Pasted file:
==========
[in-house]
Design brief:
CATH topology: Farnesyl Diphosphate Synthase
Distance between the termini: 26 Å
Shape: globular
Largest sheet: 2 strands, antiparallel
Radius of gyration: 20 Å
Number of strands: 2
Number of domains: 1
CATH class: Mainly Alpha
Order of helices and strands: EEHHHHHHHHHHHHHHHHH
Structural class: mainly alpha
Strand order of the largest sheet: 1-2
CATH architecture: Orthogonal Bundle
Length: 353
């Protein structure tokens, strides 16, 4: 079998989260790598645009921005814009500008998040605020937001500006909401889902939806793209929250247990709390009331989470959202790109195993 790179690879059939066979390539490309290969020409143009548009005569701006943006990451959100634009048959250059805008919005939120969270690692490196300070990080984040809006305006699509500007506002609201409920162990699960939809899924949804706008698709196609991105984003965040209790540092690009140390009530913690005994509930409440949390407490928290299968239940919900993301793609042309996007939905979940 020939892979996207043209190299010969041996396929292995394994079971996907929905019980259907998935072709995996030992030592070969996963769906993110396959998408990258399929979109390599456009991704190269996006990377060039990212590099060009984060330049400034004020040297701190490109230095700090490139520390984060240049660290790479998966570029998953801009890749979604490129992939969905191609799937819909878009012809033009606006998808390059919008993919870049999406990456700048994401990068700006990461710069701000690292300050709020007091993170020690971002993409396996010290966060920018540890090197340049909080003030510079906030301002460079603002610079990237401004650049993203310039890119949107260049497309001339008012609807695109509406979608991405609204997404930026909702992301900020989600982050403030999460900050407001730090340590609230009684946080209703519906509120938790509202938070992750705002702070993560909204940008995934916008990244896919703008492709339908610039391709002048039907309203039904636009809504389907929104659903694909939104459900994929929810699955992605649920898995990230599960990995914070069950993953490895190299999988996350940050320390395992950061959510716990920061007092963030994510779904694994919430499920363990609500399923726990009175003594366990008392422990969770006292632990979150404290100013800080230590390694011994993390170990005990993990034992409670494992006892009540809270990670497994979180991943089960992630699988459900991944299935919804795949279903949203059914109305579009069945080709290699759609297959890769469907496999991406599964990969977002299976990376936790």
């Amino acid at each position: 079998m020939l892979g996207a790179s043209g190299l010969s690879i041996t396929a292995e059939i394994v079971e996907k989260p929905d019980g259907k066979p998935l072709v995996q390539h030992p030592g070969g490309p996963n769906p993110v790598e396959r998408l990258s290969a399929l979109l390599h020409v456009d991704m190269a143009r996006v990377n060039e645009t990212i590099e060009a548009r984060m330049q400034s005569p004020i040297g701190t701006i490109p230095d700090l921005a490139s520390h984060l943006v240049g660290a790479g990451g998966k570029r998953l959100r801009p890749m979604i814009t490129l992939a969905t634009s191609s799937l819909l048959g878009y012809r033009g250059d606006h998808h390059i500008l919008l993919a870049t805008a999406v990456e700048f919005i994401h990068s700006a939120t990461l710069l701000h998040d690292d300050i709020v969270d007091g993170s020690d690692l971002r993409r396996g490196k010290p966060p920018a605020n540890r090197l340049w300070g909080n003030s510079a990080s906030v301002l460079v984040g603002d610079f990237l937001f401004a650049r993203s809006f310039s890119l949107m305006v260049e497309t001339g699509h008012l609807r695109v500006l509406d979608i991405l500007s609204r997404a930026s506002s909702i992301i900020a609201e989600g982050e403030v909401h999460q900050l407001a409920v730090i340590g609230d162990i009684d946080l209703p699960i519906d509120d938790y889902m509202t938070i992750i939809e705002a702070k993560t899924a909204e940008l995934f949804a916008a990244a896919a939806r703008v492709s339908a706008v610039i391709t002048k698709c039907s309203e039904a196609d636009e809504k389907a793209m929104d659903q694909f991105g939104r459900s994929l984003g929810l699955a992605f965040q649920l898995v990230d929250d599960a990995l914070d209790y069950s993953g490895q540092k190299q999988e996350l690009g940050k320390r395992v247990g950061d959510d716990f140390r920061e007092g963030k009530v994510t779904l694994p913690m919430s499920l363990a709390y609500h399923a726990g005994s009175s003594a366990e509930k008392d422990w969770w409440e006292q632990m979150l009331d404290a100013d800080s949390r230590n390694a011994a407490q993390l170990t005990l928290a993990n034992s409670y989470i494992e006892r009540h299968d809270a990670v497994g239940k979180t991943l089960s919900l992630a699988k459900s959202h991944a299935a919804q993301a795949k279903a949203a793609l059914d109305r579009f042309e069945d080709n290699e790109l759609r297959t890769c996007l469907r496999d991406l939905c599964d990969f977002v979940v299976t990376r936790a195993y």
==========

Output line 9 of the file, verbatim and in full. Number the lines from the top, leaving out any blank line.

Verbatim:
Number of domains: 1